20. 20. Agriculture Enterprise Development Centre Feasibility Study South Cariboo The Centre is now closed and serves as a classroom for extension programs offered by the Assiniboine Community College. It closed when municipal funding was not continued. 4.4 Hardwick, Vermont: A Small Town Placing Agriculture First The town of Hardwick, Vermont, with a population of just over 3000, has been working towards developing a healthy local food system for the past several years.10 Arising from a need to rejuvenate its economy, there are a number of activities supporting this goal, including: • The Centre for an Agricultural Economy, which is a nonprofit operation that is planning an industrial park for agri-business and a Centre for Agricultural Education. Further, there are plans for a year-round farmers’ market. The community garden has grown steadily, now including a greenhouse and paid gardening specialist. • The Centre works together with the University of Vermont to assist farmers and food producers with marketing, research and transportation challenges. For example, a university patent was licensed to enable a processor to make an environmentally friendly wood finish from whey, a byproduct of cheesemaking. • The Vermont Food Venture Centre, which is relocating to Hardwick from 40 miles away because it recognizes the value in being a part of a healthy food system. The Food Venture Centre rents kitchen space to producers and provides business advice for adding value to raw ingredients. It is expected to assist 15 to 20 entrepreneurs a year. • A Community Supported Restaurant called Claire’s, which was established with money from 50 investors who contributed $1000 each and who will receive discounted meals over 4 years as repayment. The restaurant focuses on supporting local farmers by offering meals cooked with locally sourced ingredients. Farmers in Hardwick recognize the need to work together to be more successful in business. They identify as their mission goals the need to rebuild the food system, conserve farmland and make sustainable farming economically viable. They meet informally once a month to discuss business planning and marketing. Further, they share capital, lending each other short-term loans as necessary. 5 The Agriculture Enterprise Development Centre Concept A substantial number of agricultural initiatives are underway within the District of 100 Mile. Appendix 7 is a map of the West side of the town of 100 Mile, identifying the areas where agriculture projects are either in progress or establishing. The potential of the Centre is to bring together these initiatives, as well as link with the many ongoing initiatives outside of the town, and work co-operatively to ensure mutual success. Building partnerships with the multiple agriculture projects and initiatives in the area creates a network of strengths and synergies in the various activities and reduce overlap of services. Depending on where the Centre is ultimately located, it could be included in an agricultural walk through the various initiatives being undertaken, linking producers, processors, residents and tourists alike to the agricultural activities within the town. 10 Burros, Marian. United Around Food to Save an Ailing Town, New York Times, Dining and Wine. October 7, 2008. Stonefield Consulting - 13 -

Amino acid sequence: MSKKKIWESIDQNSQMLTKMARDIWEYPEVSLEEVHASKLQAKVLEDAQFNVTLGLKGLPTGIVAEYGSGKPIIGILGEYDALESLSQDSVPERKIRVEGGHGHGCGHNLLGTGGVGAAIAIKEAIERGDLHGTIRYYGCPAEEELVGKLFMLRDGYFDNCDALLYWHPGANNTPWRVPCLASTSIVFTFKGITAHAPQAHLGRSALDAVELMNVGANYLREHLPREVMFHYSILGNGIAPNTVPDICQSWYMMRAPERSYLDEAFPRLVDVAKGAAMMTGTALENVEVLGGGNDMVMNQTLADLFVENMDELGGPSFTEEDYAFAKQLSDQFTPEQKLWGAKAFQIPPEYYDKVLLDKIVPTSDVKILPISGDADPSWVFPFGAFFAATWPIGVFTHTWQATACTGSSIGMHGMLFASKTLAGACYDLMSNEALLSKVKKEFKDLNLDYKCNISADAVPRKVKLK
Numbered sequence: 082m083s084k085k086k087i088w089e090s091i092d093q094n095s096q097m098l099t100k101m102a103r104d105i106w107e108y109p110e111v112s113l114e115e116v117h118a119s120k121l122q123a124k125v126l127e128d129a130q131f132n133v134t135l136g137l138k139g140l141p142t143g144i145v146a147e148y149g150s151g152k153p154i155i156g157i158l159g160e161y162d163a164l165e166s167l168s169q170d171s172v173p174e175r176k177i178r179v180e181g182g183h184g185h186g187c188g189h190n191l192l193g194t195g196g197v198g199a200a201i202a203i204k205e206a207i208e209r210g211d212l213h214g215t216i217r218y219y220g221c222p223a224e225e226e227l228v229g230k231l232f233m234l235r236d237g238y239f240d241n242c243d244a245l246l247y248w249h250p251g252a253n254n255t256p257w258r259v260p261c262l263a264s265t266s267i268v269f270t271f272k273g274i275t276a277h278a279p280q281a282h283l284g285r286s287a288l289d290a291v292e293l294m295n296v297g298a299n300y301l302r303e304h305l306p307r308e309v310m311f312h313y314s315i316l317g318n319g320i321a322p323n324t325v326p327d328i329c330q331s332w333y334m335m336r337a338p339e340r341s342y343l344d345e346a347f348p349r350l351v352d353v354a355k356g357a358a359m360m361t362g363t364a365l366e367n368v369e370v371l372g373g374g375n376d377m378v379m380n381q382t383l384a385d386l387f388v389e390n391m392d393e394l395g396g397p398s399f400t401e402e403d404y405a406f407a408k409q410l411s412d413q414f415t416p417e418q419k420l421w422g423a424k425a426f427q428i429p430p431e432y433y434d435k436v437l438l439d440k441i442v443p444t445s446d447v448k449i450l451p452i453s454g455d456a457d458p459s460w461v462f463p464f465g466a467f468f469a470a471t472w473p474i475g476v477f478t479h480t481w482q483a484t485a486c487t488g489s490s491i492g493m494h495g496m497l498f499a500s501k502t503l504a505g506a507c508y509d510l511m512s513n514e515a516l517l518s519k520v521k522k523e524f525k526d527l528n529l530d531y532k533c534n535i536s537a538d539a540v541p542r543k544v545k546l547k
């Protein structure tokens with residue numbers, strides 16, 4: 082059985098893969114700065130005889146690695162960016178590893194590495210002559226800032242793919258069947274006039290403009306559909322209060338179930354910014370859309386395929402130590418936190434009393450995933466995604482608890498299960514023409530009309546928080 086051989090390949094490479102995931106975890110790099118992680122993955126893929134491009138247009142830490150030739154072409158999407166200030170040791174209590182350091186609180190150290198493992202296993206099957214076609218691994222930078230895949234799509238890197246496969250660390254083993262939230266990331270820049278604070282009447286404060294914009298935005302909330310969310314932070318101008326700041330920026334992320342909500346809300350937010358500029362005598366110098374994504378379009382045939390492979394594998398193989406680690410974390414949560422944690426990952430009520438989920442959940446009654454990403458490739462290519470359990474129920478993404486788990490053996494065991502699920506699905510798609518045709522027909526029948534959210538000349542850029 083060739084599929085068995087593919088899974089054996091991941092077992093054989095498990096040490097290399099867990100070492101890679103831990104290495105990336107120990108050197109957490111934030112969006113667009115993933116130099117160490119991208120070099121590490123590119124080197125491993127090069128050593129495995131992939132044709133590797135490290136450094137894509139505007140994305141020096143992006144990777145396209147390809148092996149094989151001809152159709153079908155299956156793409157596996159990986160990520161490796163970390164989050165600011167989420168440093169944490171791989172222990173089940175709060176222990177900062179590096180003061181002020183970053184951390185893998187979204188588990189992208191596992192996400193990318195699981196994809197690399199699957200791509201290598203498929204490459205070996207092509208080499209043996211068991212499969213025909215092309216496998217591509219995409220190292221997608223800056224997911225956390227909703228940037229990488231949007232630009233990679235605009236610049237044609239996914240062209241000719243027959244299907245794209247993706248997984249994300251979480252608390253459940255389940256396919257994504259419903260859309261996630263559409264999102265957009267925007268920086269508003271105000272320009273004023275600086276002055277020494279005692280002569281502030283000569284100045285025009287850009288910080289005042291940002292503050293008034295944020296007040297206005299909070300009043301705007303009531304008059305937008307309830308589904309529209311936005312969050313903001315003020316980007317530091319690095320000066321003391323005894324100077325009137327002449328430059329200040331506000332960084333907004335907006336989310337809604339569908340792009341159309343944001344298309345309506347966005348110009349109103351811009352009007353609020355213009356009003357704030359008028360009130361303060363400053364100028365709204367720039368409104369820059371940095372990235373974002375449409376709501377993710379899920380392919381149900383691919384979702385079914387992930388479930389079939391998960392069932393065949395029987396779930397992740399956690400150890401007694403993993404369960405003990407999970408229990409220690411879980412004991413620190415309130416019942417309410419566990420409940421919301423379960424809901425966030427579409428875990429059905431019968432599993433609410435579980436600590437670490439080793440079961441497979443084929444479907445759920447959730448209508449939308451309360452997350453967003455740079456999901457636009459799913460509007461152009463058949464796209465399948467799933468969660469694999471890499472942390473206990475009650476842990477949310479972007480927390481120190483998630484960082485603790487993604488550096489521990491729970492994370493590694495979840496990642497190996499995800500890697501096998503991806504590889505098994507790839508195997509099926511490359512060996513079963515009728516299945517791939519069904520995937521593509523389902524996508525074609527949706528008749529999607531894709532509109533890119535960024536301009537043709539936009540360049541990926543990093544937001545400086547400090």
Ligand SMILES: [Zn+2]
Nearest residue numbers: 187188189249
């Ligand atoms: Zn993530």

21. 21. Agriculture Enterprise Development Centre Feasibility Study South Cariboo The Agriculture Enterprise Development Centre would be a gathering place for local producers to meet and collaborate. The coffee and tea would always be on and a room should be available for producers to meet either formally or informally. Video conferencing facilities would give access to many online programs, allowing a classroom approach to peer group learning. In terms of the activities of the Centre, as emphasised by the focus groups, the Agriculture Enterprise Development Centre should start small and build from success to success. The priority activities as identified by producers in the survey and focus groups can be categorized into three distinct functions, each with a range of components: 1. Business development services, including marketing and distribution activities; 2. Delivery of education and research services; 3. Agricultural production and innovation support. 5.1 Business Development Services 5.1.1 Networking and Partnership Building with Local Industry Organizations There are a number of local initiatives that have already indicated that they would like to associate and partner with the Centre as they develop their businesses: • Industrial Hemp. A local project is underway to grow up to 200 acres of industrial hemp and develop markets. A business model is being prepared for the co-operative production, processing and marketing of bio-products such as fibre for insulation and food from the grains. There is a clear role for the Centre to assist in this project’s development and assist individual producers with their business development. • Red Meat Abattoir and Marketing Initiative. Under the leadership of the South Cariboo Chamber of Commerce and local cattlemen, a feasibility study into a cooperatively owned abattoir will conclude March 31st, 2009. They wish to have the services of the Centre as they develop. The proposed co-op is a processing co-op. Assistance with production and marketing is still required. • Food Preparation. A small group of women from the Community Kitchen project in 100 Mile House, who has already been preparing foodstuffs, is looking to start a small business. They would like to co-venture with, or have the support of, the Centre. • Cariboo MarketPlace. A nascent co-op is planning a business for a year-round marketplace for local produce. They are interested in having the support of the Centre as they develop their business. 5.1.2 Networking and Partnership Building with Regional Industry Organisations A number of projects have also been identified to be undertaken by the Agriculture Enterprise Development Centre, serving not only local producers but being applicable to the wider region: • Cariboo-Chilcotin Agriculture Round Table. The Centre could take a leadership role in establishing the Round Table for the wider region, an initiative to oversee the implementation of the Cariboo-Chilcotin Beetle Action Coalition (CCBAC) Agriculture Sector Strategy. Stonefield Consulting - 14 -